Down Syndrome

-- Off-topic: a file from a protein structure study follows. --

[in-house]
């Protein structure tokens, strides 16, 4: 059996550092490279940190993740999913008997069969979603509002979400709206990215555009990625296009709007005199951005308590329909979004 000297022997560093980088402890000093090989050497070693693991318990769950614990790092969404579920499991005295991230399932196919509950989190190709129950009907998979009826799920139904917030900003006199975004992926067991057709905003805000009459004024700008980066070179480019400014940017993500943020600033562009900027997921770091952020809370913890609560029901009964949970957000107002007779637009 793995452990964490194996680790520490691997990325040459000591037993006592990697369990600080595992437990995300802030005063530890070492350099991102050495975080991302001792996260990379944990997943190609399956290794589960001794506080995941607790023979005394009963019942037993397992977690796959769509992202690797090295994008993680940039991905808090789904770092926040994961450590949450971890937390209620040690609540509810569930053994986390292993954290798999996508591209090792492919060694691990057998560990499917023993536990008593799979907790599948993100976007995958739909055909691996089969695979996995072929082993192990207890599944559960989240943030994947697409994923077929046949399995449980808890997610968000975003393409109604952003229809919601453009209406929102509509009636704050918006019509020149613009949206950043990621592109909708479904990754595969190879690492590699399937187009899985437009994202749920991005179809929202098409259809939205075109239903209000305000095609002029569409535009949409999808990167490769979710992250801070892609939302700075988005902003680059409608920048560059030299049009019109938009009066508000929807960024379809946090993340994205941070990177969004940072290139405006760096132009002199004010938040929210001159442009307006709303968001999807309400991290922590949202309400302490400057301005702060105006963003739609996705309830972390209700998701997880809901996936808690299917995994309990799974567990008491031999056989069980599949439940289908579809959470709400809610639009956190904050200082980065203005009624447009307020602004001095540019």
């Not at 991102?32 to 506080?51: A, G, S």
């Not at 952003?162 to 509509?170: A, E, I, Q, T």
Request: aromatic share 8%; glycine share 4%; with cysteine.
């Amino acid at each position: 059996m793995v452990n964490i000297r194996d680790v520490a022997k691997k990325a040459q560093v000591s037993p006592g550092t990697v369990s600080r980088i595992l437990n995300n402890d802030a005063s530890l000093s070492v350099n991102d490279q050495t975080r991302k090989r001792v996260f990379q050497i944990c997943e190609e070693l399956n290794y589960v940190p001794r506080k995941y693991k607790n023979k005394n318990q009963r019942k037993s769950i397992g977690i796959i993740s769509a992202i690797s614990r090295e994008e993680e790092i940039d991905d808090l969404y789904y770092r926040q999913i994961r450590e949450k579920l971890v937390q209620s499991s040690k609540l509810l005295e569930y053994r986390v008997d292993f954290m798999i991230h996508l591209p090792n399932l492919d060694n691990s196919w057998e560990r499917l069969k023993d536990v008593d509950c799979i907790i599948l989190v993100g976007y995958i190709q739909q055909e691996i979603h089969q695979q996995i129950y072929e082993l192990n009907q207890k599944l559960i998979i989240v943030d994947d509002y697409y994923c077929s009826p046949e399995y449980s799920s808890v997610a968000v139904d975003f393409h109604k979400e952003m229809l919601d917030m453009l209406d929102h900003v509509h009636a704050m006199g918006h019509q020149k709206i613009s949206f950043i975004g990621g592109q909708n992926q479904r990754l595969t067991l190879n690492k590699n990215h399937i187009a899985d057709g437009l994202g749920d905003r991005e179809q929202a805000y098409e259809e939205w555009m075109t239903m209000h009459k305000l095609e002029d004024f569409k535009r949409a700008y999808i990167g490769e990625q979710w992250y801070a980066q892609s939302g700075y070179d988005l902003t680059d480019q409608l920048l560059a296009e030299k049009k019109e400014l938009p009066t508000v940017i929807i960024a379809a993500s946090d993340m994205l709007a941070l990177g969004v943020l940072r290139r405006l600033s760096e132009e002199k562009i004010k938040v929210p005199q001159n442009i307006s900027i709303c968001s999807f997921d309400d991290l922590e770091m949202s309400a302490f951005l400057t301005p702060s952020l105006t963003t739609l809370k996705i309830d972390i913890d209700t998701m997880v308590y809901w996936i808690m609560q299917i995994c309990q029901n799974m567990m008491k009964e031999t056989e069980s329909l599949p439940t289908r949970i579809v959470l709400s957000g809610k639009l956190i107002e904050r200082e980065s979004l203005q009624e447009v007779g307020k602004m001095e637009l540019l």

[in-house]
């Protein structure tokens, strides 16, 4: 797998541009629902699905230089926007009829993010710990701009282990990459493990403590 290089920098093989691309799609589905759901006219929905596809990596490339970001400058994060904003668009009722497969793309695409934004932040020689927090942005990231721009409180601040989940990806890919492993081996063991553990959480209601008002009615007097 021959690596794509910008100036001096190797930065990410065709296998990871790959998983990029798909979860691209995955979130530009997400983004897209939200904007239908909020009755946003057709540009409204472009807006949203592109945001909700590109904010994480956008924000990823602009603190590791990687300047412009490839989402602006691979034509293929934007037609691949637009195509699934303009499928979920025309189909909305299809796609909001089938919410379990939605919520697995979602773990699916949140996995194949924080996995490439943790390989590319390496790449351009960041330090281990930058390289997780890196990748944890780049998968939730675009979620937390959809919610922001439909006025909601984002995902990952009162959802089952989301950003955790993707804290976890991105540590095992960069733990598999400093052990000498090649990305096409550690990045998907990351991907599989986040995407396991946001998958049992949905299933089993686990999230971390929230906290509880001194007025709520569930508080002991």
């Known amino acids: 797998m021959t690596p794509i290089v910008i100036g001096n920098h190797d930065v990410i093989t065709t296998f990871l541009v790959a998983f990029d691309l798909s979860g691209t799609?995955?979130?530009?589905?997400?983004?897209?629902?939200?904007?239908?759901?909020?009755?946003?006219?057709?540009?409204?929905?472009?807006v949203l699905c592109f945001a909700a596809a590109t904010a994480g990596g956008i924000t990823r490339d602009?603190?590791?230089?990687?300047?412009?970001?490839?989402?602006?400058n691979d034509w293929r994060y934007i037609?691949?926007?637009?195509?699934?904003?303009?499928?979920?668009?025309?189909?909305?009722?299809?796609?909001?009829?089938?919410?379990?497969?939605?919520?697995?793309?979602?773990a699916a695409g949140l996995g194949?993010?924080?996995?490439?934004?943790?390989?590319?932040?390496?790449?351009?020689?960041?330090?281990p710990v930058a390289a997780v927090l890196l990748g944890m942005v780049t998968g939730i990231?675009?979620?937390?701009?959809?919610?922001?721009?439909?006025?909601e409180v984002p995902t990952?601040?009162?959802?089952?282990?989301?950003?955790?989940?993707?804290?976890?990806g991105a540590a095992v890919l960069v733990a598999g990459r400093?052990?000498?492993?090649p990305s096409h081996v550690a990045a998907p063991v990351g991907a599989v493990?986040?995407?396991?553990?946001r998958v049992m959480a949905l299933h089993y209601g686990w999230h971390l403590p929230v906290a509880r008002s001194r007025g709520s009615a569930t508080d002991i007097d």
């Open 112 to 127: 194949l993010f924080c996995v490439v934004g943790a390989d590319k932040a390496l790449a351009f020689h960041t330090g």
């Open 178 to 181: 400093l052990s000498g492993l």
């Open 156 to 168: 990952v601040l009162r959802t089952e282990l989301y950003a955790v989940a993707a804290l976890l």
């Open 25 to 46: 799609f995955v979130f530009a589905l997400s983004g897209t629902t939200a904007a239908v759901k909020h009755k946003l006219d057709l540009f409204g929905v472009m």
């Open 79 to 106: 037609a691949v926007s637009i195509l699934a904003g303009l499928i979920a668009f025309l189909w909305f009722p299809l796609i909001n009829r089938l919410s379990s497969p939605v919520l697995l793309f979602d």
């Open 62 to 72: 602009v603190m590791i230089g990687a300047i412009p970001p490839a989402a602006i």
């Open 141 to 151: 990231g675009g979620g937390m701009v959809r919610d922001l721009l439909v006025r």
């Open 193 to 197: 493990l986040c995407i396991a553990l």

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Down Syndrome People with Down syndrome are first and foremost human beings who have recognizable physical characteristics due to the presence of an extra chromosome 21. The estimated incidence of Down syndrome is between 1 in 1,000 to 1 in 1,100 live births. Each year approximately 3,000 to 5,000 children are born with this chromosome disorder. It is believed there are about 250,000 families in the United States who are affected by Down syndrome. Children with Down syndrome are usually smaller, and their physical and mental developments are slower, than youngsters who do not have Down syndrome. The majority of children with Down syndrome function in the mild to moderate range of mental retardation. However, some children are not mentally retarded at all; they may function in the borderline to low average range; others may be severely mentally retarded. There is a wide variation in mental abilities and developmental progress in children with Down syndrome. Also, their motor development is slow; and instead of walking by 12 to 14 months as other children do, children with Down syndrome usually learn to walk between 15 to 36 months. Language development is also markedly delayed. It is important to note that a caring and enriching home environment, early intervention, and integrated education efforts will have a positive influence on the child's development. Although individuals with Down syndrome have distinct physical characteristics, generally they are more similar to the average person in the community than they are different. The physical features are important to the physician in making the clinical diagnosis, but no emphasis should be put on those characteristics otherwise. Not every child with Down syndrome has all the characteristics; some may only have a few, and others may show most of the signs of Down syndrome. Some of the physical features in children with Down syndrome include flattening of the back of the head, slanting of the eyelids, small skin folds at the inner corner of the eyes, depressed nasal bridge, slightly smaller ears, small mouth, decreased muscle tone, loose ligaments, and small hands and feet. About fifty percent of all children have a gap between the first and second toes. The physical features observed in children with Down syndrome usually do not cause any disability in the child. Although many theories have been developed, it is not known what actually causes Down syndrome. It has been known for some time that the risk of having

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